1990 - A Communique from Bomber Command, oil on linen, shaped canvas, 54" horizontally, private collection
1990 - No Energy, oil on linen, 10" x 14", private collection
1990 - The Nodal Point of Achievement, oil on linen, 28" x 42"
1993 - Spectre of Cancelled Gnostics, oil on linen, 36" x 45"
1995 - The Macro of Disobedience, oil on linen, 54" x 36", private collection
1999 - Landing in a Degraded World, oil on linen, 38" x 34"
2003 - The Loneliness of Noble Nutrients, oil on linen, 35" x 48"
2004 - A Progression of Morandi's Premise, oil on linen, 30" x 48", private collection
2004 - A Dwelling out of the Classifieds, oil on linen, 12" x 9", private collection
2008 - Rendition for an Acceptable Response, oil on linen, 28" x 42"
2009 - In the Age of Microwaves, oil on linen, 18.5" x 15.375"
2009 - Polarization of Limited Space II, oil on linen, 32" x 36", private collection
2009 - The Terminus of Farce, oil on linen, 37" x 43", irregular hexagonal-shaped canvas, private collection
2009 - Ambition Thwarted by Indifference, oil on linen, 36" x 28"
2009 - The Needle in Monet's Haystack, oil on linen, 22" x 32"
2009 - A Climax of Containers, oil on linen, 30" x 24"
2010 - Untitled, unfinished, final painting, oil on linen, 46" x 36", private collection


Kenn Davis together with John Stanley is the creator of Carver Bascombe, a black Vietnam veteran with military police background who is a private investigator in San Francisco.[3][9] This character first appeared in 1976 in the mystery novel The Dark Side[10] that Kenn coauthored with John Stanley.[1][11] Carver Bascombe appears in seven more mystery novels.[3] Kenn Davis was an Edgar Award Nominee twice, once in 1977 for The Dark Side (with John Stanley) and again in 1985 for Words Can Kill.[12]
List of Books

1976 - The Dark Side (with John Stanley), Avon 30957
1979 - The Forza Trap, Avon 44552
1980 - Bogart ’48 (with John Stanley), Dell 10853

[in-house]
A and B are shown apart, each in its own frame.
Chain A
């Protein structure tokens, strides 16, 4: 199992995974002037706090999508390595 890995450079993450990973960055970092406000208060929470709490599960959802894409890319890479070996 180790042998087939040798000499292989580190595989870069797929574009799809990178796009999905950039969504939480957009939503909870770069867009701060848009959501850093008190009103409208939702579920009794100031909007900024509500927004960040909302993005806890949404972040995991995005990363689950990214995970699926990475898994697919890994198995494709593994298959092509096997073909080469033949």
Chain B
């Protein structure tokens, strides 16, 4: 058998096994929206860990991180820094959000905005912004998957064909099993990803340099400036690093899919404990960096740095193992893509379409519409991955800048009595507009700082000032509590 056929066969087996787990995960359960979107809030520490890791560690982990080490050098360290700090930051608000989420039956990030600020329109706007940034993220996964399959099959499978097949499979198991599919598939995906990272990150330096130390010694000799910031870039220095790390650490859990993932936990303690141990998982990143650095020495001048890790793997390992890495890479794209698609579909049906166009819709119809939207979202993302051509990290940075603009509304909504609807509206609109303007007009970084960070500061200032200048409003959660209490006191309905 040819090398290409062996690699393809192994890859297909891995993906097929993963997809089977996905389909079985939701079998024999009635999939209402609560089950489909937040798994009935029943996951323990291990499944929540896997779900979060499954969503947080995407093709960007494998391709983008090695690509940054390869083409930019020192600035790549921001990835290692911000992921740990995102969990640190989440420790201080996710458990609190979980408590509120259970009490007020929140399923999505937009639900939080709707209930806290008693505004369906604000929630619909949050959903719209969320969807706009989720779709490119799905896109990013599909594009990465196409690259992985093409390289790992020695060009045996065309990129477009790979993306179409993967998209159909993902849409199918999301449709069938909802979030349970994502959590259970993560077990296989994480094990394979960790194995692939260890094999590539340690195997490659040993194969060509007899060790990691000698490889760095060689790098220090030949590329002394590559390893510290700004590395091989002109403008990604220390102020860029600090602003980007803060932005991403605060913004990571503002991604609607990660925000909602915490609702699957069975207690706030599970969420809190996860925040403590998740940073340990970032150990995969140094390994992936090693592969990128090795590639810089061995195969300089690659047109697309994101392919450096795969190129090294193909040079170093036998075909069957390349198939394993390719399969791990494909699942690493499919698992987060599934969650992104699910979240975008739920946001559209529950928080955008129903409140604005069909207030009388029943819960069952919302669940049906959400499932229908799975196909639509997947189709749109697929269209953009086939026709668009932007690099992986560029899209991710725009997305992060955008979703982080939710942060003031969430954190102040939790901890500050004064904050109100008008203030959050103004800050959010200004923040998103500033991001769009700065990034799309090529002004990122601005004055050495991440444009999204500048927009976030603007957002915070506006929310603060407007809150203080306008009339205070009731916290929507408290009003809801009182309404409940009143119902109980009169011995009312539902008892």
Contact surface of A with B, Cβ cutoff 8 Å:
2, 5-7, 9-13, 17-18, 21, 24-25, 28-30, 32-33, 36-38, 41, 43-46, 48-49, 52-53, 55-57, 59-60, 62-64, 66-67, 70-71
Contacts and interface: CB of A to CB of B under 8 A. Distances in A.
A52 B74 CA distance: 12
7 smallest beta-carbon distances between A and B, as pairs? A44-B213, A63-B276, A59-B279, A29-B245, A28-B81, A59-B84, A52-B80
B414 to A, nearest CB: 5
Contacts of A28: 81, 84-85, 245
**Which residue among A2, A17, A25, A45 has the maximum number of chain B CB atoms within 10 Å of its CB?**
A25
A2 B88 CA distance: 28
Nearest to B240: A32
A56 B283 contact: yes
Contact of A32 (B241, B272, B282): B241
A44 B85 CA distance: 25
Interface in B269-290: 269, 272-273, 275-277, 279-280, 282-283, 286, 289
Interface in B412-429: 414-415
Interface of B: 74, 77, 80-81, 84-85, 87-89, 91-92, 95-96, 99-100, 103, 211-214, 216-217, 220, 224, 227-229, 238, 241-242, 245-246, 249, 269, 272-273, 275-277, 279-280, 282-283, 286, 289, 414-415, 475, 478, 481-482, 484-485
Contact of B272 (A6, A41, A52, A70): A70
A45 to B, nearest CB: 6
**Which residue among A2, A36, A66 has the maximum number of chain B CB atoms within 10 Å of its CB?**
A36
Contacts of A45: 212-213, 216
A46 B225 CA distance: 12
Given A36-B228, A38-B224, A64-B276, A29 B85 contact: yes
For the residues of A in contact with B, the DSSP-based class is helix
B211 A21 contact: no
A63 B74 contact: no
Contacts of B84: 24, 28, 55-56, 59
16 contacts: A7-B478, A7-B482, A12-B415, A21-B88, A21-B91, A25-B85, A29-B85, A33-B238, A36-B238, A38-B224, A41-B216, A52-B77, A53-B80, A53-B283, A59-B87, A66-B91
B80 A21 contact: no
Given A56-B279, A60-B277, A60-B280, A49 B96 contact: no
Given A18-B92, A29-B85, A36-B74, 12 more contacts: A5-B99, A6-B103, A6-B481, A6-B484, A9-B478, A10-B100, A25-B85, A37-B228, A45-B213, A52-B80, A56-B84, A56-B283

1981 - Dead to Rights, Avon 78295
1984 - Words Can Kill, Gold Medal 12667
1986 - Melting Point, Gold Medal 12901
1987 - Nijinsky Is Dead, Gold Medal 13096
1987 - As October Dies, Gold Medal 13097
1989 - Acts of Homicide, Gold Medal 13351
1990 - Blood of Poets, Gold Medal 13352


1978 - Nightmare in Blood (co-written and co-produced with John Stanley)


Baker, Robert; Nietzel, Michael; Pronzini, Bill (1985). Private Eyes: 101 Knights : A Survey of American Detective Fiction 1922-1984. Popular Press, 1. edition (January 1, 1985).
Hjortsberg, William (2013). Jubilee Hitchhiker: The Life and Times of Richard Brautigan. Counterpoint, Reprint edition (February 12, 2013). p. 141.
"Kenn Davis, creator of PI Carver Bascombe, dies". Retrieved 29 May 2014.
Barber, John (2006). Richard Brautigan: Essays on the Writings and Life. McFarland & Company (November 15, 2006).
John Tanner (1 October 2013). Landscapes of Language: the Achievement and Context of Richard Brautigan's Fiction. Humanities-Ebooks. pp. 23–. ISBN 978-1-84760-243-5.
John Cusatis (2010). Research Guide to American Literature. Infobase Publishing. pp. 107–. ISBN 978-1-4381-3405-5.
"Kenn Davis Memorial Blog". Retrieved 31 May 2014.
Bruce Finson (1968). Rolling renaissance: San Francisco underground art in celebration, 1945-1968. Intersection.
Jay Pearsall (1 March 1995). Mystery and Crime: The New York Public Library Book of Answers: Intriguing and Entertaining Questions and Answers About the Who's Who and Whats's. Touchstone. ISBN 978-0-671-87237-3.
Don Herron; Nancy Joyce Peters (1 March 1985). The literary world of San Francisco & its environs. City Lights Books. ISBN 978-0-87286-157-2.
Frankie Y. Bailey (1 January 1991). Out of the Woodpile: Black Characters in Crime and Detective Fiction. ABC-CLIO. pp. 82–. ISBN 978-0-313-26671-3.
"Edgar Award Winners and Nominees". Retrieved 3 June 2014.